The platform includes the following fellowship programmes:
1) Independent Fellowship programme for Bulgarian Junior Scholars and Bulgarian Academic Diaspora (since 2019) is financed by the Bulgarian Ministry of Education and Science and provides support for young Bulgarian scientists and researchers from the Bulgarian diaspora. It envisages: a) 5 nine-month scholarships per year for young Bulgarian scholars (including one month in a foreign institution); b) 2 three-month scholarships per year for representatives of the Bulgarian academic diaspora working in foreign academic institutions.
2) Pforzheimer Fellowship Programme (2019–2022), supported by a donation of the American philanthropist and bibliophile Carl H. Pforzheimer III, provides for three 5-month scholarships per year to outstanding Bulgarian researchers and university professors.
3) Independent Fellowships for International Scholars (2011-2024) are granted to outstanding non-Bulgarian scholars (senior and junior) to pursue their individual research projects in residence in Sofia. The programme is supported by the Porticus Foundation.
4) Gerda-Henkel Fellowships (2016-2022) are aimed at scholars in the fields of the historical humanities and social sciences from the countries of the former Soviet Union and Turkey. The programme is funded by the Gerda Henkel Foundation.
5) Humanities in the Digital Age Fellowships (2020-2024) are guided by the belief that there is a considerable added value for humanities scholars across the academe, whatever their field, to be encouraged to rethink their topics in terms of their broader contemporary relevance (be it political, ethical, religious or academic), yet necessarily of significance for the world we are living in. The program addresses international scholars and is funded by the Porticus Foundation.
6) Landis and Gyr Artistic Fellowships (2017-2021): this programme is aimed at stimulating and promoting the creative work of artists from various fields – writers, musicians, painters, sculptors, actors, film directors, architects, etc. by integrating them in a community of human and social scholars and spurring interaction between theoretical research and the arts. The fellowship programme has been comported of the Landis & Gyr Foundation (Switzerland).
Calls for applications under the above programmes are announced each year in November on the CAS web-page.
Selection is carried out by the CAS Academic Advisory Council – a jury comprising internationally renowned scholars from different academic fields.
The envisaged project is aiming at enrichment of the art historical approaches to the Bulgarian mediaeval culture of writing in its aspects of calligraphy and decoration of letters. Being in itself an enormous task, the study will be limited, on the one hand, on manuscripts from the Collections of SS Cyril and Methodius National Library and the Library of the Zograph Monastery, and on the other, on the period 13th-14th century, marked by significant changes in the literary life. As stated further, no matter of the numerous publications, still lacking is not only a work to systematise the data, dispersed in books and articles, but a one to reach deeper into the concepts of the ornamental repertoire utilised by Bulgarian scribes and/or decorators within the paradigm of Byzantine culture. The main objective of the intended research is to study in parallel script and decorated letters in a period of intensive literary activity in the Second Bulgarian State when “high” and “low” levels in manuscript commission and execution could be relatively well differentiated. Scripts and letters will not be regarded as merely palaeographical and art historical objects, subdued to various kinds of classifications, but as a key intermediary in the visual transmission of texts.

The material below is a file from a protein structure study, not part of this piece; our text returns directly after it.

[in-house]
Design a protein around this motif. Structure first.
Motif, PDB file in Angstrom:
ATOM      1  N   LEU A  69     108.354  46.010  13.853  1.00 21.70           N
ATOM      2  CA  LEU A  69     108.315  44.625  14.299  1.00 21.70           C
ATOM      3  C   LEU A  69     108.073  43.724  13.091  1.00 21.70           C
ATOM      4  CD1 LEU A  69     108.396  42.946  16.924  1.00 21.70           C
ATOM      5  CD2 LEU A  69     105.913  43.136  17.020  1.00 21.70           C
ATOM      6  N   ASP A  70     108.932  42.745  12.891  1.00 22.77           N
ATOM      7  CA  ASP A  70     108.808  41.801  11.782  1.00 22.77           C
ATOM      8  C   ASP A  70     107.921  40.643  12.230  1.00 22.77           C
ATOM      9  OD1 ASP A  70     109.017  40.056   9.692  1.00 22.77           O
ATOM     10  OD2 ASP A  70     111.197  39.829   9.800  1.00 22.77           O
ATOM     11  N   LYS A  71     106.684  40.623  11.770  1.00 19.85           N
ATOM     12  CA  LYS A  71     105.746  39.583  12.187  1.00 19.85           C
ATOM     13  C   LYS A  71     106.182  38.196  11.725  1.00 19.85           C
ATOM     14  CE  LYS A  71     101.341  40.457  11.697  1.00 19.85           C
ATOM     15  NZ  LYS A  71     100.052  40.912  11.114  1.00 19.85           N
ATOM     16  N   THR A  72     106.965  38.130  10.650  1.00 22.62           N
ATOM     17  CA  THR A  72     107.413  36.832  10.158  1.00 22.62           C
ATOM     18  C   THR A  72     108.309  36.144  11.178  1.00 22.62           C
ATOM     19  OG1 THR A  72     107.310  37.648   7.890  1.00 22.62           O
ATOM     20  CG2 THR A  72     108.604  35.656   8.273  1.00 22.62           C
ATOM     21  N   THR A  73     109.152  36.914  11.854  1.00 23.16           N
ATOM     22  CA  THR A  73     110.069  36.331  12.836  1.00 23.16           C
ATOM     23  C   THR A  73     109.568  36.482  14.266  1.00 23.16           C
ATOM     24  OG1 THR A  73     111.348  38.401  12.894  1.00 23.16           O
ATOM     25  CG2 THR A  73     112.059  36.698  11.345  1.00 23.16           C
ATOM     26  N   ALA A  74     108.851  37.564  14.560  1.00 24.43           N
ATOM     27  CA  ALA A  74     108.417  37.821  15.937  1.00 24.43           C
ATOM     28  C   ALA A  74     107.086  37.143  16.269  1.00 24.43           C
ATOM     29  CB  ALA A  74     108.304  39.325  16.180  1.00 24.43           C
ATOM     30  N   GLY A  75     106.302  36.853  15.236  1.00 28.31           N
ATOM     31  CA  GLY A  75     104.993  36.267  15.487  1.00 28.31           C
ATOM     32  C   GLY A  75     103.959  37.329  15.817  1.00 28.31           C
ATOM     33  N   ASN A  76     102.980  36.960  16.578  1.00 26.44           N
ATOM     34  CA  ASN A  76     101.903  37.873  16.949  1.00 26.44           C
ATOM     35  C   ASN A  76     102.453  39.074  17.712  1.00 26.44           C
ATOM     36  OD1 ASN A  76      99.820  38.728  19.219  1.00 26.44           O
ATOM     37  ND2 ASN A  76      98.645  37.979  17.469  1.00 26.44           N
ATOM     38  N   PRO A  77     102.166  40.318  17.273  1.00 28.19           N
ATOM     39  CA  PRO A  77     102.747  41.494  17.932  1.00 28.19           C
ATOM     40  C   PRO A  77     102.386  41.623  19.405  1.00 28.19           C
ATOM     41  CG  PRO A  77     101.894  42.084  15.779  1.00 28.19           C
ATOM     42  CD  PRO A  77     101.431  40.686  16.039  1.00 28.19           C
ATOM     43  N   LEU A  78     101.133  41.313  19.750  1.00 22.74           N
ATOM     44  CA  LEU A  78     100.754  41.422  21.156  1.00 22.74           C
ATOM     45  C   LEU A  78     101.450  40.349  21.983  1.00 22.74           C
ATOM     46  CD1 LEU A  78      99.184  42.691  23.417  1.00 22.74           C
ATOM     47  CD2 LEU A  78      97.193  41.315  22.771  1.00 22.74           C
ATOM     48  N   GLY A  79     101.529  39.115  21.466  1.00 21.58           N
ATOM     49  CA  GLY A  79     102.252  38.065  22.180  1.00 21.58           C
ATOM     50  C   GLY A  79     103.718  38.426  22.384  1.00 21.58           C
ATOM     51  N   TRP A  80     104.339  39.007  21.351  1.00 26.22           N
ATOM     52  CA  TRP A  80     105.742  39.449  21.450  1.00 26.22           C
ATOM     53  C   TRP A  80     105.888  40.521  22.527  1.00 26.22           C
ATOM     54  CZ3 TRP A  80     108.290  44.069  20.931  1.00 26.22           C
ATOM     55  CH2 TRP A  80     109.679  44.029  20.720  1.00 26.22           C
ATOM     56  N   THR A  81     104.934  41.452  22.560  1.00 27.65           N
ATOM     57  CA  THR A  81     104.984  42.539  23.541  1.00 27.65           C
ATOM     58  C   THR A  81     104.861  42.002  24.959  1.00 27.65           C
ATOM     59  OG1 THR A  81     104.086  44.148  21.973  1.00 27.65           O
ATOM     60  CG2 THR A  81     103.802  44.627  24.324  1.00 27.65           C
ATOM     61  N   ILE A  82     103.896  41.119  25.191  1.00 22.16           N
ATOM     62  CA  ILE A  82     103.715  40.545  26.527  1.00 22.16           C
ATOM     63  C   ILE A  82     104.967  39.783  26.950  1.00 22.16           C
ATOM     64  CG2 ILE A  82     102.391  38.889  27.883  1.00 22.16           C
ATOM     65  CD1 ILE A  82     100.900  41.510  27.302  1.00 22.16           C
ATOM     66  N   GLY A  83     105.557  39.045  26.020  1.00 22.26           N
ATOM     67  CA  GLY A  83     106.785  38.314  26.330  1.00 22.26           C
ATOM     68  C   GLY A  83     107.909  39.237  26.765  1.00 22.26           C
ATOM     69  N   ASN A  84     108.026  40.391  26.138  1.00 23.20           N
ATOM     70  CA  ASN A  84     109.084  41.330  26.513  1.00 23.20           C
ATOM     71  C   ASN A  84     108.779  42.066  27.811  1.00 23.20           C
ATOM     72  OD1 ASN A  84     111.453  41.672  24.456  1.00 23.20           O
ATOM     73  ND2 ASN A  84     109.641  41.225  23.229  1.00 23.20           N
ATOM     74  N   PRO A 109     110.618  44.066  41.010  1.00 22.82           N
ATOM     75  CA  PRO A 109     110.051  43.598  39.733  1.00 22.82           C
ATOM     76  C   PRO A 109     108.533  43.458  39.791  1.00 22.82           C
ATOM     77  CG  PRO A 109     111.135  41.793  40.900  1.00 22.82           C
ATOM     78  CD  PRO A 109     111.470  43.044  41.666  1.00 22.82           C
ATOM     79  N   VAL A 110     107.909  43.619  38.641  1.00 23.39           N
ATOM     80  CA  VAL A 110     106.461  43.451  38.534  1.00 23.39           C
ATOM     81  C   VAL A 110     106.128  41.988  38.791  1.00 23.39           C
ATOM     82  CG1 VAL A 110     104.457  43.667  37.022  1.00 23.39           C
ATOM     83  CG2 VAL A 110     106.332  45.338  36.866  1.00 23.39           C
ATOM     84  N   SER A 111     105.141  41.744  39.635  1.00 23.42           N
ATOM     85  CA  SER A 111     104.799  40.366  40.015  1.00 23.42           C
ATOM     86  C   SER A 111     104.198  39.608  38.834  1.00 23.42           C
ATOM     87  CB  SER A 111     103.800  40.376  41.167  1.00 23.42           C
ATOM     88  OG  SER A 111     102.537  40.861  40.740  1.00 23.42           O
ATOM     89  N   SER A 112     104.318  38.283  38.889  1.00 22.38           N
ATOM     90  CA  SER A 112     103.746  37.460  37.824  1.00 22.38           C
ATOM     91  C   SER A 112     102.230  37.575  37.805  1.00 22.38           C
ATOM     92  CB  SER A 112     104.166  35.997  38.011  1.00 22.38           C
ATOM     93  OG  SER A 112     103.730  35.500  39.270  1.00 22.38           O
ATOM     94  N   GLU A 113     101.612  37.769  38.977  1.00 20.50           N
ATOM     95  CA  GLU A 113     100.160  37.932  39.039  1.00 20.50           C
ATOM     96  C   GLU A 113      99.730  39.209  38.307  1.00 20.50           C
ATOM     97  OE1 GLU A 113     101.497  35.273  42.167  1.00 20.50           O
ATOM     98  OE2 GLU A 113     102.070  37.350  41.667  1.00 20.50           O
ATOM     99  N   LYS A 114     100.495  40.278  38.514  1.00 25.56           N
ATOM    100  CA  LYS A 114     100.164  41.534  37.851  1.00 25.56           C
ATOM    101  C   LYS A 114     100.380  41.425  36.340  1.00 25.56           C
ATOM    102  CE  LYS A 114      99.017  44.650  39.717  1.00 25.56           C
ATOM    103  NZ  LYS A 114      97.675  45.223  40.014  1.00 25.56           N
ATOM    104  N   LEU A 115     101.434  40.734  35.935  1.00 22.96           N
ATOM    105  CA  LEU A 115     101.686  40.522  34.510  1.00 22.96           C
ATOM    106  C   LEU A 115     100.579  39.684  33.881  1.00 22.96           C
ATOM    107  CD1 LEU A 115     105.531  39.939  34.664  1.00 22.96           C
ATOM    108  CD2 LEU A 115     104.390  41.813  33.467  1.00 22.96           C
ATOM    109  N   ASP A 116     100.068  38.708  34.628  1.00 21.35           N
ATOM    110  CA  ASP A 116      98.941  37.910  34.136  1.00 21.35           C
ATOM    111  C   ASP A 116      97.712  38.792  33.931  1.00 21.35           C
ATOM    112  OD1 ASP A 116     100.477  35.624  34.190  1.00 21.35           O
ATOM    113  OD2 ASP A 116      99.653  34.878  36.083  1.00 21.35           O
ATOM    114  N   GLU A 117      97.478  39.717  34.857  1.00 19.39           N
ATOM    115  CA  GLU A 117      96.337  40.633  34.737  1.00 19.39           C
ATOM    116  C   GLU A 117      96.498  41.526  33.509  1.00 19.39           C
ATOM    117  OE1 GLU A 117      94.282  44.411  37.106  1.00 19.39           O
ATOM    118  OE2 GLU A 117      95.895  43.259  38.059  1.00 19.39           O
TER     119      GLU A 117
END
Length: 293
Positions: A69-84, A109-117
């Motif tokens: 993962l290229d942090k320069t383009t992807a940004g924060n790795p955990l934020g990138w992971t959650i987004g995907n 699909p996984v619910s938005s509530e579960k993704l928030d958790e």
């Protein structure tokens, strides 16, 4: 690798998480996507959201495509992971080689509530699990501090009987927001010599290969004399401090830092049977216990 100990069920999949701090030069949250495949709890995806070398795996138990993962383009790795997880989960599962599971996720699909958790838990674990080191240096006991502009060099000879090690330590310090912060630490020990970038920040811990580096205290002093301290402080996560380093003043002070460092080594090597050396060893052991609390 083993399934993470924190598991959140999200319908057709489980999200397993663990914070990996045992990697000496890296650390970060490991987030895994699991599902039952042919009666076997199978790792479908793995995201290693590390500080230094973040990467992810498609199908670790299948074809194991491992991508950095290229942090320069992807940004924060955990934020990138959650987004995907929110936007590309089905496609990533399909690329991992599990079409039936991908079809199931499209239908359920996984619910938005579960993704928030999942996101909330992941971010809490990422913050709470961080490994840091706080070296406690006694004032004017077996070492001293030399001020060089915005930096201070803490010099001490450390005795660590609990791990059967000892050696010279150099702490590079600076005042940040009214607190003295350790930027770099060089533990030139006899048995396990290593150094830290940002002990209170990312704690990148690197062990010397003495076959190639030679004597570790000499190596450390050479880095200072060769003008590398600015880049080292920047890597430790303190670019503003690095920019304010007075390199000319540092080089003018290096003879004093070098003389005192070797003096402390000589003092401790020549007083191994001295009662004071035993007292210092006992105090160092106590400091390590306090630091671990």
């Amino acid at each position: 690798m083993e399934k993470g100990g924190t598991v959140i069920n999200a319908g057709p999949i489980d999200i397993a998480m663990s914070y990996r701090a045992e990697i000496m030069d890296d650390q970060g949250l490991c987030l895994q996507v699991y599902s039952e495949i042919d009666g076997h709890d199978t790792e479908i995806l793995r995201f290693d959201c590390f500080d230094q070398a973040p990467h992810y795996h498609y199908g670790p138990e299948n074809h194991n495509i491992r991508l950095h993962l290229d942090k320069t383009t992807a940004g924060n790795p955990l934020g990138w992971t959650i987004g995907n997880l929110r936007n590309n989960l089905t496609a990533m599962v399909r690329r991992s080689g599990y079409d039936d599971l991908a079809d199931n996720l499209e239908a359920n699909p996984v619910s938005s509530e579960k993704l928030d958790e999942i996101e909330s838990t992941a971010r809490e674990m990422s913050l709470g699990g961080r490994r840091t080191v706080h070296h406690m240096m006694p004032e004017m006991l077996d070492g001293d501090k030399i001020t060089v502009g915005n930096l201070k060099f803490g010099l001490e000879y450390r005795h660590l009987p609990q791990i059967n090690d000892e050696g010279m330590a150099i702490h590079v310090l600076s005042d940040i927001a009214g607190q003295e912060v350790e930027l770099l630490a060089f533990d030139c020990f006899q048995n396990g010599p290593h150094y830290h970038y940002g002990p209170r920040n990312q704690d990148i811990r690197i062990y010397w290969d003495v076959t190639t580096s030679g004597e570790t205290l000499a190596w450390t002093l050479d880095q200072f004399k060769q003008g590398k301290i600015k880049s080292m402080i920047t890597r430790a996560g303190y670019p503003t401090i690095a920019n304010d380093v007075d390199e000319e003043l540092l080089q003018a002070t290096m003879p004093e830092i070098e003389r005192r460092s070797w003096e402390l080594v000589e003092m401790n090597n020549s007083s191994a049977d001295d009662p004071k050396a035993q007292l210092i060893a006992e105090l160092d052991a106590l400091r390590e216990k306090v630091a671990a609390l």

The right of a foreigner to apply for an asylum protection is set in the 98 article, paragraph 10 of the Bulgarian Constitution of 1991, but it was regulated already in article 83 of the Communist constitution in 1947. Since 2002, The Law on Asylum and Refugees entered into force in Bulgaria, which defines the asylum status as a very particular case of international protection, although the EU regulations and official statistics defines the Asylum applicant as “a person having submitted an application for international protection or having been included in such application as a family member”. For the period 2002-2017 there are about 329 asylum request submmited to the President‘s office of which only one was granted in 2013 but it was taken away in 2015. Therefore, despite the increase of the international migration towards Bulgaria, there is no an increase of the persons with Asylum statute. Based on mixed research methods, the study is going to look for the possible reasons and factors, which may impact the decision: legal reasons, bureaucratic reasons, prejudices towards certain migrant populations, lack of expert knowledge, state security reasons, etc.
During her time as CAS Fellow she will be working on a new project entitled From Holocaust Survivors to Soldiers: the Haganah Recruitment in Eastern Europe (1946-1949). The project traces the history of conscripts from Eastern Europe who were recruited to fight for Israel in 1948. More specifically, it investigates how Holocaust survivors were turned into soldiers: what motivations guided them and how their wartime trajectories affected their decision to enlist. The project also analyses the input from the various local, national and international actors, including the Yishuv, socialist states, relief agencies and others. From Holocaust Survivors to Soldiers will offer a new perspective on the people emerging from the Holocaust, while analysing the intertwining of military mobilization, community reconstruction and transnational networks revival.